So what lesson can we take from all this? I think it is simply that the arts do matter – a lot.  The arts help create and maintain vibrant community ties, which in turn translates into real economic impact. Before the Post Magazine article caught my eye, I had read an article in the April 2017 issue of Our State, Celebrating North Carolina. I read about 217 Brew Works, which opened last November, hmm, across the street from Whirligig Park.  Tourists certainly enjoy the proximity of the brewery to the park, but more importantly, locals are the true economic boosters – coming down to talk, to relax and to enjoy their community’s new meeting spot.

It’s also worth noting that when the arts are supported, great synergies are created. For example the Our State article ended with, “another developer has moved forward with plans to create Whirligig Station – apartments, restaurants, and some office space – in an empty red-brick tobacco warehouse on another edge of the park.”

Far from being an unnecessary frill as some critics of the NEA portray it, what is readily apparent is how many small communities discovered an economic lifeline from the grants that the NEA provides. The closed factory, the shuttered mill, the abandoned plant are sadly a fact of life in too many small towns.   But as many of them have discovered, there are opportunities here as well. Who knows what might happen in your community when you combine artistic vision, a good beer, and an NEA grant?

Scott Patterson

Coming up on the June edition of smARTbeats on WTMD: pianist and composer Scott Patterson

smARTbeats returns to WTMD this Saturday, June 10, during the weekly children’s music program Young At Heart. On this month’s smARTbeats segment, Young At Heart host Lisa Mathews sits down for a chat with Scott Patterson, pianist, composer, YA teaching artist, and co-founder and Artistic Director of Afro House, a music-driven performance art house based in Baltimore.

During the segment, you’ll hear Scott Patterson’s luxuriant blend of classical, soul and rock music, which Pittsburgh Tribune-Review describes as “a masterly blend of virtuosity, singing style and beautiful voicing” and learn about his work as a performing and teaching artist, and how the arts can impact the lives and education of children.

Scott Patterson

“As a performer and composer, I put my entire being, passion, and skills into telling a story.” Scott says, “Doing so enables me to take the audience on a journey to transcend limitations and transform the heart. My approach to creating and performing extends to my work in schools. As a teaching artist, I have seen firsthand the positive impact of arts education on students.”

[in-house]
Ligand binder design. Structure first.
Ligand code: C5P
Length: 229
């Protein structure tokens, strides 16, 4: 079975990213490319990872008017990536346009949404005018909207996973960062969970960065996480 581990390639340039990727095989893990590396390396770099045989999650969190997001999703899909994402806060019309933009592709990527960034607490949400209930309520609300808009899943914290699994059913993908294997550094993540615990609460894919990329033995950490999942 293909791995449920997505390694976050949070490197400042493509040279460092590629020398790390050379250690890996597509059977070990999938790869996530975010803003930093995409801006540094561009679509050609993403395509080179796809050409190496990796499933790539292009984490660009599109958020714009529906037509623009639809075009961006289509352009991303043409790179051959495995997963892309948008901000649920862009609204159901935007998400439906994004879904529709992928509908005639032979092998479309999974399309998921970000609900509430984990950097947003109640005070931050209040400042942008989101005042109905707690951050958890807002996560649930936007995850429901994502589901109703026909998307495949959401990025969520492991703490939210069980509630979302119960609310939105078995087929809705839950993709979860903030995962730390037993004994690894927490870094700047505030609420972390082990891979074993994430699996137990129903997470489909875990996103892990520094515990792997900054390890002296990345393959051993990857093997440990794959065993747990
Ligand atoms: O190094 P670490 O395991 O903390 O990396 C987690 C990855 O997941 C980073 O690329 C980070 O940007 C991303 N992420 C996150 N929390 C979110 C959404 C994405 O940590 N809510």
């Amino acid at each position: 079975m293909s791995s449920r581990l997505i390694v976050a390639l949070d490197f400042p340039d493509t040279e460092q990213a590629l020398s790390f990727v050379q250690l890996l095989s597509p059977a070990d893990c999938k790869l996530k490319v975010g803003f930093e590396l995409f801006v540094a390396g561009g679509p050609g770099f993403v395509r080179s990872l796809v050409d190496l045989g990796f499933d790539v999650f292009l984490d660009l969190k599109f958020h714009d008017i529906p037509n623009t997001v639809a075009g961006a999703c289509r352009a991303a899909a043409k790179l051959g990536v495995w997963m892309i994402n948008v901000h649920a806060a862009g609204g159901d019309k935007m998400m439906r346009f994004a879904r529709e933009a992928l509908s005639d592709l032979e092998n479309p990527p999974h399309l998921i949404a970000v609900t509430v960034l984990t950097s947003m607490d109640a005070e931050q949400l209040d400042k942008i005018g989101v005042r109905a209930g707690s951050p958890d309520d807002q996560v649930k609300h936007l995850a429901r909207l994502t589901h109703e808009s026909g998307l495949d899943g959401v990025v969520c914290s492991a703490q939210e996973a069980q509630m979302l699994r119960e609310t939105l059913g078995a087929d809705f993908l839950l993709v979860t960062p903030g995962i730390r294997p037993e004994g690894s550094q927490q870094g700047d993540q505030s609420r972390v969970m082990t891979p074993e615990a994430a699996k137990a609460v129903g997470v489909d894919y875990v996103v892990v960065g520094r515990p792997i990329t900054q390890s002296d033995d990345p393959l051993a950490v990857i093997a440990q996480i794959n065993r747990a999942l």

In schools, Scott Patterson welcomes students into his assembly performance Outer Space Improvisations with the sounds of space, immersing students in original space-themed compositions inspired by composers and artists such as Beethoven, Liszt, Earth, Wind & Fire, Led Zeppelin, Jimi Hendrix, Maroon 5, and Bruno Mars. To expand the connection, facts about space are woven in throughout the program to deepen their intergalactic experience.

Patterson says one of the reasons he joined the Young Audiences teaching artist roster was a fond memory of the school assemblies he attended as a child. “Whether the assembly was about public safety or a performance, the message always stuck with me. Assemblies were presented as something special, a time to get out of the classroom and see information presented in a fun and interesting way. It is my hope that Outer Space Improvisations leaves the same kind of positive impression on students as the assemblies I attended as a child.”

“Through music,” Scott says, “I encourage students to see the convergence of academic disciplines, rather than single out one in particular. In using improvisation activities, I invite students to pull from what they know about math, literature, science, and history to create something entirely new and unique.”

As a performing artist and co-founder and Artistic Director of Afro House, Patterson and his team are “committed to the development of a music culture that is disruptive, exuberant, innovative, emergent, and transformative.” At the center of Afro House stands the Astronaut Symphony, a contemporary music ensemble that creates symphonic performance art pieces, such as Patterson’s sci-fi tone poem, Ebon Kojo: The Last Tribe. Recently, the Astronaut Symphony was in residence at Single Carrot Theatre and NextLOOK and most recently performed during Nights on the Fringe at The Baltimore Theatre Project.

A Piano Performance major, Patterson studied under Richard Fields at the University
of Cincinnati’s College-Conservatory of Music and Phillip Kawin at the Manhattan School of Music.

WTMD 89.7 FM

Young At Heart airs weekly from 7 to 8 am on Saturdays, featuring music that appeals to parents and children alike. Previous shows have featured music by Wilco, David Bowie, Andrew & Polly, Weezer, and others.

Hear YA teaching artist and composer Scott Patterson online now!